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A lazy mathematician believes that $$a^2+b^2 = (a+b)^2.$$ If $a$ and $b$ are both integers from the interval $[-100, 100]$, find the number of ordered pairs $(a,b)$ that satisfy the equation above.

The equation implies that $2ab = 0$, hence either $a=0$ or $b=0$. This would result in the following pairs. When $a=0$ $$(0,-100), (0, -99), \dots, (0, 100).$$

When $b=0$ $$(-100, 0), (-99, 0), \dots, (100, 0)$$

Since we have twice the pair $(0, 0)$ we should subtract $1$ from the total counts. For me it seems that there's $200$ possible choices in each scenario. This would imply that the total would be $400-1 = 399$, but the correct answer was $401$. What am I missing in the countings?

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    $\begingroup$ There's actually 201 scenarios in each one, but yeah the argument is correct $\endgroup$ – Something Jun 10 '20 at 12:45
  • $\begingroup$ Freshman's dream $\endgroup$ – RobPratt Jun 10 '20 at 17:41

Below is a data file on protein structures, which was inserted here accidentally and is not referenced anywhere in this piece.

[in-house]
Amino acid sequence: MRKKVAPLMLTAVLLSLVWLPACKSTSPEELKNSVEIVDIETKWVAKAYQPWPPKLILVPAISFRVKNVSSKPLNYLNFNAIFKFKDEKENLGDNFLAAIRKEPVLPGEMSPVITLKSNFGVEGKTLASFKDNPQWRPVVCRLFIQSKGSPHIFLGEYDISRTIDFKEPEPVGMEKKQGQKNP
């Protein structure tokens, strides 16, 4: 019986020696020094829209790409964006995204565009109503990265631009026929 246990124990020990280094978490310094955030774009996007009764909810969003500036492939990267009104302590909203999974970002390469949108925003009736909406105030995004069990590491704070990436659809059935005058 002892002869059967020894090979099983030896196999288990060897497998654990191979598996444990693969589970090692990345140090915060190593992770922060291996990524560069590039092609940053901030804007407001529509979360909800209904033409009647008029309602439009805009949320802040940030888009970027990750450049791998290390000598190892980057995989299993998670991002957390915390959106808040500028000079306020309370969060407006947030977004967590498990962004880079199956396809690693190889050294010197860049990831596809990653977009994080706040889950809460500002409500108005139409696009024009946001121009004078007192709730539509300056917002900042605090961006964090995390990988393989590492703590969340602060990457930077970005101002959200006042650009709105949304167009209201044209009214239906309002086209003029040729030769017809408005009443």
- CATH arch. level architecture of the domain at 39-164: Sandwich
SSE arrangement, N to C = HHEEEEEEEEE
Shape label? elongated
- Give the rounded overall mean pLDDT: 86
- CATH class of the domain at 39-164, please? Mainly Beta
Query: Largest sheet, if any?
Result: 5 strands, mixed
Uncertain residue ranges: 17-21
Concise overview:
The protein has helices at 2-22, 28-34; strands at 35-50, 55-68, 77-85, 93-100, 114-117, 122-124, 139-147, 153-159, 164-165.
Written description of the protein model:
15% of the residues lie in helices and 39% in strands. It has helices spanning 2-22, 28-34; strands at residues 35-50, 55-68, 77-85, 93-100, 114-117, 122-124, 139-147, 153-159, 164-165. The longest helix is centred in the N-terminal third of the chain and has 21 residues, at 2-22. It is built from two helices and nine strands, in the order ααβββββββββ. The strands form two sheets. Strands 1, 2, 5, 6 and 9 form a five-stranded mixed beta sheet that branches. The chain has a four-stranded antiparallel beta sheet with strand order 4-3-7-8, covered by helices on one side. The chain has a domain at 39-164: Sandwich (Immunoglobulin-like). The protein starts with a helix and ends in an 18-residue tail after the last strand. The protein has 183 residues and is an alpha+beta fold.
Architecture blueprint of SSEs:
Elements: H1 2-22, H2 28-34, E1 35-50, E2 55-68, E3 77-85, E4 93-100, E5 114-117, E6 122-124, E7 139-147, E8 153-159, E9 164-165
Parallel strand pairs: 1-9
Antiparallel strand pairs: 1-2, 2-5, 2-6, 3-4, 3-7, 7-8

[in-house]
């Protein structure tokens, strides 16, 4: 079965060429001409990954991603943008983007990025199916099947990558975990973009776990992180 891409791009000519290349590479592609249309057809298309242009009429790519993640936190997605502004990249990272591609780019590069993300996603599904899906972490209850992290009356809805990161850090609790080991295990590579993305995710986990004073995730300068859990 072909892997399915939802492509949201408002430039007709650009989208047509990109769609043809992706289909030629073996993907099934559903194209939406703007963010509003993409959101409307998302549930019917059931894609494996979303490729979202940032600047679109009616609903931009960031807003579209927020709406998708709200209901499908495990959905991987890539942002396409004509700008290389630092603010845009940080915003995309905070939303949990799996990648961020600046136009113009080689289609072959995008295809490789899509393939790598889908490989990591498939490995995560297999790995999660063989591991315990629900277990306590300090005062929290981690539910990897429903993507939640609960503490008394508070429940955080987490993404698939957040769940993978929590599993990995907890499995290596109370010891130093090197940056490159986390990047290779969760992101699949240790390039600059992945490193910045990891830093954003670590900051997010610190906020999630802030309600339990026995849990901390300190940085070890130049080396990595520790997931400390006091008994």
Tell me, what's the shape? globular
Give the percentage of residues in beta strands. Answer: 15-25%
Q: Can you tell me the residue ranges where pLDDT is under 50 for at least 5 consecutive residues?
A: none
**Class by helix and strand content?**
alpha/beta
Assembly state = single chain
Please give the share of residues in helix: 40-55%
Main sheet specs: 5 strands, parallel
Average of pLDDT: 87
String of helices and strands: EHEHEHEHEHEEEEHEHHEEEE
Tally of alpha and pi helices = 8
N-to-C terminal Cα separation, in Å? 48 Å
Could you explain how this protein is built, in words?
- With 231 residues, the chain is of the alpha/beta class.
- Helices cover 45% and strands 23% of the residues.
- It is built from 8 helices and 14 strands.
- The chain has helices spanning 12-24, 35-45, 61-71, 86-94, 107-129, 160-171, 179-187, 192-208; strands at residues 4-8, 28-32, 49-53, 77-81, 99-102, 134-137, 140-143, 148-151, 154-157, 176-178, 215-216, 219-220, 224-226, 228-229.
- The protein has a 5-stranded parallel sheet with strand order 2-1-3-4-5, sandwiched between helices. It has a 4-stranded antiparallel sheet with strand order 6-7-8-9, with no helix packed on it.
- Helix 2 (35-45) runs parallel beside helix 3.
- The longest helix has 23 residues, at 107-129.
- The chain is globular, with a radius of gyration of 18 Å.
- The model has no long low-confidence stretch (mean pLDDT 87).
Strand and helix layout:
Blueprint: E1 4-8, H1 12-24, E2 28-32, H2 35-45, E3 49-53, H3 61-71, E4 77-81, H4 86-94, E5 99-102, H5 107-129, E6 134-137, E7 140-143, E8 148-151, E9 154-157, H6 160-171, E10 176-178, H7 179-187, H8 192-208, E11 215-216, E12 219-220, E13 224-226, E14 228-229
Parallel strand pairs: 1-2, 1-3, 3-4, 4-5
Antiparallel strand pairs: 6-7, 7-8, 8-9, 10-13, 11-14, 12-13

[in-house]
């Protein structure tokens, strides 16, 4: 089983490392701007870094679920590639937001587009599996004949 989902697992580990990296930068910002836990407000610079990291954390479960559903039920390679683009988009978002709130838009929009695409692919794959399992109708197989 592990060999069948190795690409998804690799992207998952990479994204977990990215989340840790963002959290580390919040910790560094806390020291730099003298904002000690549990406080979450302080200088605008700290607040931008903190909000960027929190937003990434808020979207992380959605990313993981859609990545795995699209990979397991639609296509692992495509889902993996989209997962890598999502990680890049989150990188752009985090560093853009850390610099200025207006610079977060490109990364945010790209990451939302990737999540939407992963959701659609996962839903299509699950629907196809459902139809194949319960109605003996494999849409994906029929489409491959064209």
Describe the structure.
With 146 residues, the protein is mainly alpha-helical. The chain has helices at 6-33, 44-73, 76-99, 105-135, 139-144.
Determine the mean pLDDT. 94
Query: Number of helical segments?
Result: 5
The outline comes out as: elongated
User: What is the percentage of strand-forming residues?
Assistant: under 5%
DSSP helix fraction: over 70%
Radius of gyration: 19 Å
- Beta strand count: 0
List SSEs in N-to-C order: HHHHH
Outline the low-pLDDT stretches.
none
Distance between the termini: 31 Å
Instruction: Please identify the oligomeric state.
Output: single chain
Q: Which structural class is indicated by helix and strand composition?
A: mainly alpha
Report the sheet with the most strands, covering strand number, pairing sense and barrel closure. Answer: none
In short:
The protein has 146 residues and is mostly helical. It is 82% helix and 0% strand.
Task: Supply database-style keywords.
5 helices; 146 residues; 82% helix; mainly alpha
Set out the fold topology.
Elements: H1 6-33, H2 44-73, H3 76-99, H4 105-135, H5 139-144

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How many numbers are there in the sequence $-1, 0, 1$? What about $-10, -9, \ldots, 0, \ldots, 9, 10$? How about in $-100, \ldots, 100$?

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  • $\begingroup$ Absolutely spot on example $\endgroup$ – Omar S Jun 11 '20 at 9:46
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The problem with your reasoning is that the integers from $-100$ to $100$ comprise $\color{green}{201}$ integers, not $\color{red}{200}$ integers. Thus, the answer is $2\cdot 201-1=\color{green}{401}$.

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$$a^2+b^2 = (a+b)^2\implies a^2+b^2 -(a+b)^2=0\implies \pm2ab=0$$ This means that one of $a$ or $b$ must be zero if the other is non-zero "or" both may be zero. This means we have $200$ non-zero values of $a$ when $b$ is zero plus $200$ values of $b$ when $a$ is zero plus the $1$ pair $(0,0)$ for a total of $401$ ordered pairs.

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